Imagine a future in which humans have built advanced spacecraft, capable of traveling at a significant percentage of the speed of light. Scientists have also become aware of a large black hole in our galactic neighborhood — now well within our reach.
When a team of researchers assemble to travel to the black hole, one curious question might rise above all others: “What would happen if we flew straight into it?”
For now, this hypothetical scenario is still a long way off. Yet for as long as we have been aware of black holes, scientists have wondered what mysteries lie beyond the event horizon — the edge of a black hole, representing the “point of no return,” where even light is unable to escape the bizarre object’s gravitational pull.
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Black Hole Time Machine
Conventional wisdom, namely Einstein’s theory of general relativity (the best theory of gravity in town), predicts the presence of a singularity at the center of a black hole. It’s a point of infinite density that lies outside the bounds of our normal spacetime.
However, this prediction of a singularity does not necessarily mean it exists. Singularities tend to pop up at the very boundaries of our understanding — like inside black holes and at the Big Bang — and at the intersection of general relativity and quantum mechanics.
On the other hand, theorists working on a way to marry quantum mechanics with general relativity have suggested that something else might be going on at the center of black holes: Instead of forming a singularity, matter and energy may be sucked in and then spat out at some time in the distant future.
Yes, that's right, a time machine. Sort of.
All About Perspective: Loop Quantum Gravity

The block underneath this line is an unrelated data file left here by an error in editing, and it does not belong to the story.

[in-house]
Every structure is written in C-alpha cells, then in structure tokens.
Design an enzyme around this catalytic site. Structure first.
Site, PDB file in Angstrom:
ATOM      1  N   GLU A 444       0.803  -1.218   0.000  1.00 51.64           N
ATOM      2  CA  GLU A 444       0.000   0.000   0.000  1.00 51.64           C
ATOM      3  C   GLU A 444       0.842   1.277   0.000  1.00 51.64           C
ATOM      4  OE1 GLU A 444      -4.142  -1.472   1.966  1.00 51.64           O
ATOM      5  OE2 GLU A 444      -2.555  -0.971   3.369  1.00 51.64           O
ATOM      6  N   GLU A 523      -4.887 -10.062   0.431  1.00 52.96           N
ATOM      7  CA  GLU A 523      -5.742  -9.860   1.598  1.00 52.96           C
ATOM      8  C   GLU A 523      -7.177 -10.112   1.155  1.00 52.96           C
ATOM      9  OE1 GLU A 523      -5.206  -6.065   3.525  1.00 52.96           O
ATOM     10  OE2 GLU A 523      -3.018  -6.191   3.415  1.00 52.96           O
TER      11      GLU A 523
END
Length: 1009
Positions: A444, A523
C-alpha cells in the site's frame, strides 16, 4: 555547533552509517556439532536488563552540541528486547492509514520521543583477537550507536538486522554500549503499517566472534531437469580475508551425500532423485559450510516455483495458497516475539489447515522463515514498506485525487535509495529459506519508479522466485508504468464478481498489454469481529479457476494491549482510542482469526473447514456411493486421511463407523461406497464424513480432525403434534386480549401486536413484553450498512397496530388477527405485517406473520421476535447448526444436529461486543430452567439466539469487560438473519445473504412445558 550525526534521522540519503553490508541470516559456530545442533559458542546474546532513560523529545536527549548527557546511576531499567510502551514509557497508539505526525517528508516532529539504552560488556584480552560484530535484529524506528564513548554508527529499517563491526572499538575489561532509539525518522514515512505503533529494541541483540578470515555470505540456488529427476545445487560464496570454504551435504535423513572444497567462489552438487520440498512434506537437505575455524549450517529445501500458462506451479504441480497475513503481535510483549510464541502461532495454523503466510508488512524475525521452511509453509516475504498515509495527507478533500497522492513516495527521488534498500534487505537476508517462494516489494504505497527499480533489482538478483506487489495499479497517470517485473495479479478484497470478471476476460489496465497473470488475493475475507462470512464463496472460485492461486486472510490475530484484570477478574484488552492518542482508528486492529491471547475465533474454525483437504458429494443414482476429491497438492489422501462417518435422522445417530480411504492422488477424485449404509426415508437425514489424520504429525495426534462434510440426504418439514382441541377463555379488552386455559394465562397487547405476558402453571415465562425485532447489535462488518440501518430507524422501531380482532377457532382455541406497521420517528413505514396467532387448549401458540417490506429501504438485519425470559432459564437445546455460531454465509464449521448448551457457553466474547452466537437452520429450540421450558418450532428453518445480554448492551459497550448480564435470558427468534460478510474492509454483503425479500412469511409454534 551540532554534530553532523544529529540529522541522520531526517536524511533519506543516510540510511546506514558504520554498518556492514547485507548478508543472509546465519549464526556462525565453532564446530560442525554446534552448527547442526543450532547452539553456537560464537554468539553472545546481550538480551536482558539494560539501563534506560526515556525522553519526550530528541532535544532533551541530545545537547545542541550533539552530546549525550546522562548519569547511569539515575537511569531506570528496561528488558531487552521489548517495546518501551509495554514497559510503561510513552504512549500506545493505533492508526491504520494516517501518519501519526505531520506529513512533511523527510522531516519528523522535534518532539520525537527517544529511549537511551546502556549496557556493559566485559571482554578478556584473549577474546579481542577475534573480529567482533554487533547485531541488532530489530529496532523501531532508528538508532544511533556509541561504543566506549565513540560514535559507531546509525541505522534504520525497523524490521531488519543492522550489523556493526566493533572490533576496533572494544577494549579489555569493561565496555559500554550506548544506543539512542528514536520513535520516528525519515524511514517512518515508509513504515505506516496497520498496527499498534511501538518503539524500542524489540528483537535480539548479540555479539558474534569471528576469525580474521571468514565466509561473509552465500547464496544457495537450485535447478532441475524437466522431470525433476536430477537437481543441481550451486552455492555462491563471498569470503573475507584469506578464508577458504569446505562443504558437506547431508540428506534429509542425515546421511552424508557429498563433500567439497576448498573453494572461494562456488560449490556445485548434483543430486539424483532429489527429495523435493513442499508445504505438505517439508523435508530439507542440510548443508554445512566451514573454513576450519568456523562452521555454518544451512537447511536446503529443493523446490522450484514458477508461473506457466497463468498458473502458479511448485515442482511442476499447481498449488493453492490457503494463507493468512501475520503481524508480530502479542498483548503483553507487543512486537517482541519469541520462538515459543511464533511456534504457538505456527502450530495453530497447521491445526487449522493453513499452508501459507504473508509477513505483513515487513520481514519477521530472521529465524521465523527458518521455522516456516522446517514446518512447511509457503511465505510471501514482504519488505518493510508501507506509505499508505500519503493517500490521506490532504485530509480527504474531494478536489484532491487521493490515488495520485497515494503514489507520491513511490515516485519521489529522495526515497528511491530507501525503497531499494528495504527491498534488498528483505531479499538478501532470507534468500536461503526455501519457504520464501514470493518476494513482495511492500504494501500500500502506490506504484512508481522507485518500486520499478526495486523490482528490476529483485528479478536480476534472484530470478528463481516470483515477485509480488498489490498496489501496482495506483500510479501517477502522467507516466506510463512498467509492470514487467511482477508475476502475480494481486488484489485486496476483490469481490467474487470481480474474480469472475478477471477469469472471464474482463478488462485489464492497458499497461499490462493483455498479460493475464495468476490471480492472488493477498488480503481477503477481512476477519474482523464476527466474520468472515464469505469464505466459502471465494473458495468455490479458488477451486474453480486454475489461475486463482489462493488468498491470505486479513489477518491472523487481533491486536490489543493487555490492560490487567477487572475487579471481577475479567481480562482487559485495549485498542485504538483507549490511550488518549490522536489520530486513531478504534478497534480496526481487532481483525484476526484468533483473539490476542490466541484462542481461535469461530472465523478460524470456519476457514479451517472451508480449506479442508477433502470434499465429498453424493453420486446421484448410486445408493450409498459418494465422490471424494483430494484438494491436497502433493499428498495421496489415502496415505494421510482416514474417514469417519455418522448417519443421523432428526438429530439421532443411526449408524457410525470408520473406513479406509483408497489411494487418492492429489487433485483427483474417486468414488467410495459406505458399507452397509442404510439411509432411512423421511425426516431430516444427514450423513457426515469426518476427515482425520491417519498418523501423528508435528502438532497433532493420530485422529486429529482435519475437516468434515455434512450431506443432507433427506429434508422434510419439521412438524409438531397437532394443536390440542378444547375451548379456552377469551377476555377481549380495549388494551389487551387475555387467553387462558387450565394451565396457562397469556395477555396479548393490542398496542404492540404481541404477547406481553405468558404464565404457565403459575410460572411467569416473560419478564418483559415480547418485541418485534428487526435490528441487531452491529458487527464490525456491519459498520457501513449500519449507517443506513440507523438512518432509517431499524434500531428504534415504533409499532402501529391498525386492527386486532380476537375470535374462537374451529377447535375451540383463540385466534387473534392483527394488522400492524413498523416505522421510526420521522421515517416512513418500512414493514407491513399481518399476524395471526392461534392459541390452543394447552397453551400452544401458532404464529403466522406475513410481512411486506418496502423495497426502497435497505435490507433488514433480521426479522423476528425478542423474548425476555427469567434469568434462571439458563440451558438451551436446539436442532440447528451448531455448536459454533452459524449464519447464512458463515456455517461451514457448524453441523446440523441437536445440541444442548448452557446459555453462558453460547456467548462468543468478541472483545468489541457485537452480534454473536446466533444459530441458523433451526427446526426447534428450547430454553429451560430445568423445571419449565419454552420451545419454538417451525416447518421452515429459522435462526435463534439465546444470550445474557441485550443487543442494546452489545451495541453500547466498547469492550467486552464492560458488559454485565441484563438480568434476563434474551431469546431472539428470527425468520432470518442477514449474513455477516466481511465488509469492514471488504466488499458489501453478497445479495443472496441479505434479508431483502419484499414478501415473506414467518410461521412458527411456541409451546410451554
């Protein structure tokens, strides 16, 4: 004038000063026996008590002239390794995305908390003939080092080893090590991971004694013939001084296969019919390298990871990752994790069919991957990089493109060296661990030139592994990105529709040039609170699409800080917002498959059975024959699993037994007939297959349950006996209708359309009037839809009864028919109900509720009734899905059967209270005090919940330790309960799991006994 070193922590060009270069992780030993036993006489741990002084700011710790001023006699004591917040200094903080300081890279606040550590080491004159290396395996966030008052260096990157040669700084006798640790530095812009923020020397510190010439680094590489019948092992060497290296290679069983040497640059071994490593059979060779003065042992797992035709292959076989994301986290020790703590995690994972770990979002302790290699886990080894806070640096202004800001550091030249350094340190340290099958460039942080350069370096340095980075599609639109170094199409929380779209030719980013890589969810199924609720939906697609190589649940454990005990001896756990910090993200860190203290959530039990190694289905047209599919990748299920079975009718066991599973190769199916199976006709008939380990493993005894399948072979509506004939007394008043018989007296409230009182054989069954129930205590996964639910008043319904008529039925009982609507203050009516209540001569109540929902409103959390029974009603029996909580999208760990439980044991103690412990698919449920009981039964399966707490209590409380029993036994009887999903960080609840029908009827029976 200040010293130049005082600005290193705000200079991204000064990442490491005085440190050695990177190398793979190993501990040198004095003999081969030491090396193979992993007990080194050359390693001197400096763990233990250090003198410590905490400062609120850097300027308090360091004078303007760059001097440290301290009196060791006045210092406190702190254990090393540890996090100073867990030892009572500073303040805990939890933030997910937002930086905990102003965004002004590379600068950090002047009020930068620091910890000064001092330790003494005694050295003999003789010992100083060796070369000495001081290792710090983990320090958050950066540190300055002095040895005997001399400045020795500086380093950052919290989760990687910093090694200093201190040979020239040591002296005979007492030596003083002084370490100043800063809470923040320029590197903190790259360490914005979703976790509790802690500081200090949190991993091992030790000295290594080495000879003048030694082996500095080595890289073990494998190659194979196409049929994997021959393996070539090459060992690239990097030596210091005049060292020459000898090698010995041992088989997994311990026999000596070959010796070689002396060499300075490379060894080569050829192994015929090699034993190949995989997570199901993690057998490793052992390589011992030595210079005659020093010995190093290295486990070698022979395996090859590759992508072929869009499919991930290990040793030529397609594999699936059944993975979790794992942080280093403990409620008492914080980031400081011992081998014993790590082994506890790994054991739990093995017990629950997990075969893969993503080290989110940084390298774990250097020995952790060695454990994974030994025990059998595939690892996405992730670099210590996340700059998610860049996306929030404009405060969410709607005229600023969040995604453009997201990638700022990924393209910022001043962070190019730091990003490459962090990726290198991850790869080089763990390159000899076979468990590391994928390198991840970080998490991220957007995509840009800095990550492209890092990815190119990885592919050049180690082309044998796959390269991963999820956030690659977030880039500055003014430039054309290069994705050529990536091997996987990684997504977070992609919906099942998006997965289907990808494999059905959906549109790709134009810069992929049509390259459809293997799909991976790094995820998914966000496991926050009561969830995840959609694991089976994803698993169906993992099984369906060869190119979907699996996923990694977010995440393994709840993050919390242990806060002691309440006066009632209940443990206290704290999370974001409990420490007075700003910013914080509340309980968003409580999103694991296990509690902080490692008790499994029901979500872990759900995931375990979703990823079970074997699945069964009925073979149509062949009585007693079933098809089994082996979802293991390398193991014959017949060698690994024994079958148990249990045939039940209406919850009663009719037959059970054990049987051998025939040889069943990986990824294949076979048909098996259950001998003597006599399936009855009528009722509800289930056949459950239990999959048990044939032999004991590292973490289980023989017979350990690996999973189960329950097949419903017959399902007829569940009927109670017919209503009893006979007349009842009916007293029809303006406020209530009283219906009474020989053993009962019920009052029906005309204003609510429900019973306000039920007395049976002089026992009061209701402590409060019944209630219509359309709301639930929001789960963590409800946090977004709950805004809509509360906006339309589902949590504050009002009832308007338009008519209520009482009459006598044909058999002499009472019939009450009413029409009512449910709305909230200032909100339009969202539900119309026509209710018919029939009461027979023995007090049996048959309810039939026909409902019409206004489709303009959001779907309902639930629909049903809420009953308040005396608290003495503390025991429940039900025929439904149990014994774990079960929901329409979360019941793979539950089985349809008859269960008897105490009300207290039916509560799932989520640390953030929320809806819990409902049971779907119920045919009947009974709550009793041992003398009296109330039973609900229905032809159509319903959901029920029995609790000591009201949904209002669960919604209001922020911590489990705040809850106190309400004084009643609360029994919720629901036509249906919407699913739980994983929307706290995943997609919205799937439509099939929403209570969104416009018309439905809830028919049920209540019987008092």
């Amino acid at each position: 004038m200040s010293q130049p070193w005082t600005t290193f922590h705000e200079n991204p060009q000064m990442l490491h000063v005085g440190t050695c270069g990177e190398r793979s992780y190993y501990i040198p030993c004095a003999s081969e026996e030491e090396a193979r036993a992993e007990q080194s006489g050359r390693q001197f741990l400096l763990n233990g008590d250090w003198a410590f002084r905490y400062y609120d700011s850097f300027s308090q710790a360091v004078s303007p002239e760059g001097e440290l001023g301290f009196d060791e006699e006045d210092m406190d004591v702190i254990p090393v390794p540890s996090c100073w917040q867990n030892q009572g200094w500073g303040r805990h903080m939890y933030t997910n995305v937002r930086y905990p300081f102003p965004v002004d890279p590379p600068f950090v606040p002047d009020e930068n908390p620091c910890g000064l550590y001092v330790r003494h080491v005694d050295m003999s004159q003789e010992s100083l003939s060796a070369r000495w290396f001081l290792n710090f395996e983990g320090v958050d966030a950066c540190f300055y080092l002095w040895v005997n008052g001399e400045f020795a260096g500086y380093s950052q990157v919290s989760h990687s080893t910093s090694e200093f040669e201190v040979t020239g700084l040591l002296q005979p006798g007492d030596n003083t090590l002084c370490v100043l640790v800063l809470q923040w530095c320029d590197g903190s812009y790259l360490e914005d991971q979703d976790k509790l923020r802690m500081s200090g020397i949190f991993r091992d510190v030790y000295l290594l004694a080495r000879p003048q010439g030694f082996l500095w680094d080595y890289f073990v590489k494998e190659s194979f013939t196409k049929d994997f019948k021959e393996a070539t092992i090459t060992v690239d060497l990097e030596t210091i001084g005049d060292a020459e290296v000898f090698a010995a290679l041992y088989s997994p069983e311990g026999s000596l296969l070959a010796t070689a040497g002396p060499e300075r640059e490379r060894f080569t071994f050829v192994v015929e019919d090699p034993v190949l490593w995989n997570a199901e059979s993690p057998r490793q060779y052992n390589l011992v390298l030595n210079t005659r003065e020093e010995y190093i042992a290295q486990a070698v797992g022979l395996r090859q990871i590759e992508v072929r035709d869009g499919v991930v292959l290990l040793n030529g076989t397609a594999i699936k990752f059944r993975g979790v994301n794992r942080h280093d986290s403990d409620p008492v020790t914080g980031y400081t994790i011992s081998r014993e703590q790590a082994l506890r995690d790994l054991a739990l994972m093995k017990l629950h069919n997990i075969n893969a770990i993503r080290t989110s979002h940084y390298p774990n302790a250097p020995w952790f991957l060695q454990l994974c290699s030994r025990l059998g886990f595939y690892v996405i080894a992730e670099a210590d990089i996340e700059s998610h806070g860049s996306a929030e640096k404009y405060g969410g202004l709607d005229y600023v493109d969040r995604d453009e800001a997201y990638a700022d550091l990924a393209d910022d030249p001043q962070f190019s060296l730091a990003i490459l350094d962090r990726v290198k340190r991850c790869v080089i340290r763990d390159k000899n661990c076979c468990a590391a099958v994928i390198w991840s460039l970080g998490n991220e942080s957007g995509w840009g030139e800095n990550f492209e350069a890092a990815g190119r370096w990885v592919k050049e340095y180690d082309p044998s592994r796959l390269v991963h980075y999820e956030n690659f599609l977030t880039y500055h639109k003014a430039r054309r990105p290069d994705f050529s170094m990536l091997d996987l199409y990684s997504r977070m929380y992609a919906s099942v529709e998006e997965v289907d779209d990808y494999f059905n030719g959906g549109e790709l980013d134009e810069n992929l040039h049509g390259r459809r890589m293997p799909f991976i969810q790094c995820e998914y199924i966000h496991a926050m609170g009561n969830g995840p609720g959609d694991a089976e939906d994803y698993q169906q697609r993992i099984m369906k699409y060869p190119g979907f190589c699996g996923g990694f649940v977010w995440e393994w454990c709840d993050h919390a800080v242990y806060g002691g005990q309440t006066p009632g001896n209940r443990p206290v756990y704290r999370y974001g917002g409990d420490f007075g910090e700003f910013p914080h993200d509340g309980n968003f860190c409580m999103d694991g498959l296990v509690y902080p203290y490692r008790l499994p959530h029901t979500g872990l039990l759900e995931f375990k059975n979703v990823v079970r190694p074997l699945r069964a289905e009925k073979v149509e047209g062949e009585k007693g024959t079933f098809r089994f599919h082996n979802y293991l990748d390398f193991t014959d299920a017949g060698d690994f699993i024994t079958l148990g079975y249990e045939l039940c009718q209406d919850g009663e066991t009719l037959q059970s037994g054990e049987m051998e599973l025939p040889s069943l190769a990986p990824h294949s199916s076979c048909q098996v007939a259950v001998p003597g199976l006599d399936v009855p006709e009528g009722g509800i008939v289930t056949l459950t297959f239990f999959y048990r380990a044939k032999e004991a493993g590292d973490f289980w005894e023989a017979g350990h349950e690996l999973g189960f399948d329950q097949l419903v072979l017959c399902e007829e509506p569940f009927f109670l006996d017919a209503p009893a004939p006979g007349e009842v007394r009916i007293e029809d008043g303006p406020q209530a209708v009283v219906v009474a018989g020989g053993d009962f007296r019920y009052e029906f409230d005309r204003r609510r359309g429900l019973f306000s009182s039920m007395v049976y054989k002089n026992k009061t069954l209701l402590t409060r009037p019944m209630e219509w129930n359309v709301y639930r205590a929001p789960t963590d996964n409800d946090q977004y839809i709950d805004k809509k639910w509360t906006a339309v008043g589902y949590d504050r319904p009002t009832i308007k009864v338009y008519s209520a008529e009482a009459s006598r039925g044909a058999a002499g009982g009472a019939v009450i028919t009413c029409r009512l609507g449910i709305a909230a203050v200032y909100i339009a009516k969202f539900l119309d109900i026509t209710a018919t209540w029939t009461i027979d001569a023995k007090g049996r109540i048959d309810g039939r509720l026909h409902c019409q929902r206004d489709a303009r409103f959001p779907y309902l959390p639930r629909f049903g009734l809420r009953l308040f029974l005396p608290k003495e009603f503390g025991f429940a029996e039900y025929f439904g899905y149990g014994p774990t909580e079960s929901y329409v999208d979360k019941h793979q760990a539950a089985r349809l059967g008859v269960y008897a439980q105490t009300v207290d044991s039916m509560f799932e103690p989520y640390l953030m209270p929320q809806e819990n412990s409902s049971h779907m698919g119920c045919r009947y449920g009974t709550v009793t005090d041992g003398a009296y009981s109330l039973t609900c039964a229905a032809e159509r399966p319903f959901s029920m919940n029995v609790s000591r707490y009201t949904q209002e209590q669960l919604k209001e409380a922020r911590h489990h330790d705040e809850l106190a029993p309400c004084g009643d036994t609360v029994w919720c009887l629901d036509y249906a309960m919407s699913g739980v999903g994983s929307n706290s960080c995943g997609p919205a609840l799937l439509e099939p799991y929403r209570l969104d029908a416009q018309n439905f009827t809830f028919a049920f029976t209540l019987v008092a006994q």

In their 2018 paper, researchers from Pennsylvania State University and Louisiana State University deploy the theory of loop quantum gravity. This theory posits that spacetime is quantized, meaning there is a smallest possible unit beyond which it cannot be divided further.
The researchers suggest that the strong curvature of spacetime near the center of a black hole extends into the future, which is structured like a white hole, or a blackhole in reverse. “Singularities are naturally resolved by the quantum geometry effects of loop quantum gravity,” write the authors.
From our perspective outside the black hole, matter and energy are continuously falling into it — because the spacetime around it is extremely distorted. But from the perspective of someone inside the black hole, matter and energy come in and bounce back out.
Keep in mind, however, that in terms of time relative to other events in the Universe, this bounce event may take billions or even trillions of years to occur.
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Inside a Black Hole
Whether a manned spacecraft could survive this bounce is a tough question. Any craft — and people onboard — would likely undergo a process known as spaghettification. Whilst crossing over the event horizon of the black hole, matter would be stretched flat like a long piece of spaghetti, possibly even to the point where it is just a long string of atoms.
It’s extremely unlikely that a spaceship (or human for that matter) would survive such an ordeal. And it's possible that the same thing would happen again on your way out — but in reverse.
For future scientists interested in the time-warping features of black holes, therefore, their best bet will be to stay in a relatively close orbit of a blackhole, taking advantage of its time-dilating properties from the outside.
Traveling Slower Through Time
One prediction of Einstein's general theory of relativity is that time will move slower the closer you are to an object of large mass. A strange consequence of this means that time moves slower if you are at sea level compared to on top of a mountain, as you are closer to Earth’s massive core at sea level.
Of course, in this example, the difference in the passing of time is negligible. But if you were instead on a spacecraft orbiting a large black hole, then the time-dilating effects would be significant indeed.
It’s possible that for every year you spent orbiting the black hole, for example, ten whole years may pass on Earth. Just be careful not to get too close to the event horizon.